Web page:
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Parliamentary Representation

Volume 512: debated on Monday 21 June 2010

8. What discussions he has had with ministerial colleagues on the implications for the House of the recommendations of the Speaker’s Conference on parliamentary representation. (3029)

The Government wholeheartedly agree that we should take all the steps that we can to increase diversity in Parliament, and that there is a real need to make political parties reflective of the communities that they serve. We are considering the Speaker’s Conference report and recommendations very carefully as we develop policies and agree priorities. As part of our coalition agreement, we have already made an early commitment to introduce extra support for disabled people who want to become MPs, councillors or other elected officials—one recommendation of the Speaker’s Conference.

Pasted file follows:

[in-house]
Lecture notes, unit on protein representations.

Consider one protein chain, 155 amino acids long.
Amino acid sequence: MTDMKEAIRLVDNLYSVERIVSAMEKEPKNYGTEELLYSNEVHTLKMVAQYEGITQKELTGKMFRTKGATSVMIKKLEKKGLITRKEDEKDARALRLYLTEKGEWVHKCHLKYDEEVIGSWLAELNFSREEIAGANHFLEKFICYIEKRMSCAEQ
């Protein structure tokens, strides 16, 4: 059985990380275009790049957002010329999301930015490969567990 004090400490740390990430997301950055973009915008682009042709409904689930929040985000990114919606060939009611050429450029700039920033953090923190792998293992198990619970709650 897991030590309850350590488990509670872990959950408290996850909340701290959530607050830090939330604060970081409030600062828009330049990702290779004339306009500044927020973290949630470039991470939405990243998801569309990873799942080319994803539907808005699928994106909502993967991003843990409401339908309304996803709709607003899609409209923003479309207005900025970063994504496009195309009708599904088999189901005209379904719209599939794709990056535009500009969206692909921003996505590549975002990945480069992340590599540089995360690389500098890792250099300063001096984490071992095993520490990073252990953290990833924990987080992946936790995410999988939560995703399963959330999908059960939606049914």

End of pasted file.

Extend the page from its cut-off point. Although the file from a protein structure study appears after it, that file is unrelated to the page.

Women now make up 22% of the House—notably, the majority are Labour Members. At the start of a new Government, perhaps we ought to look at the issue with fresh eyes, so will the Deputy Leader of the House look again at the over-representation of middle-aged, middle-class white men in the House?

The hon. Lady is absolutely right. I have to say that my party is, very sadly, under-represented in terms of women in the House, and we deeply regret that. The ministerial responsibility for the issue lies with the Minister for Women and Equalities, and I hope that she will make very swift progress on bringing proposals before the House.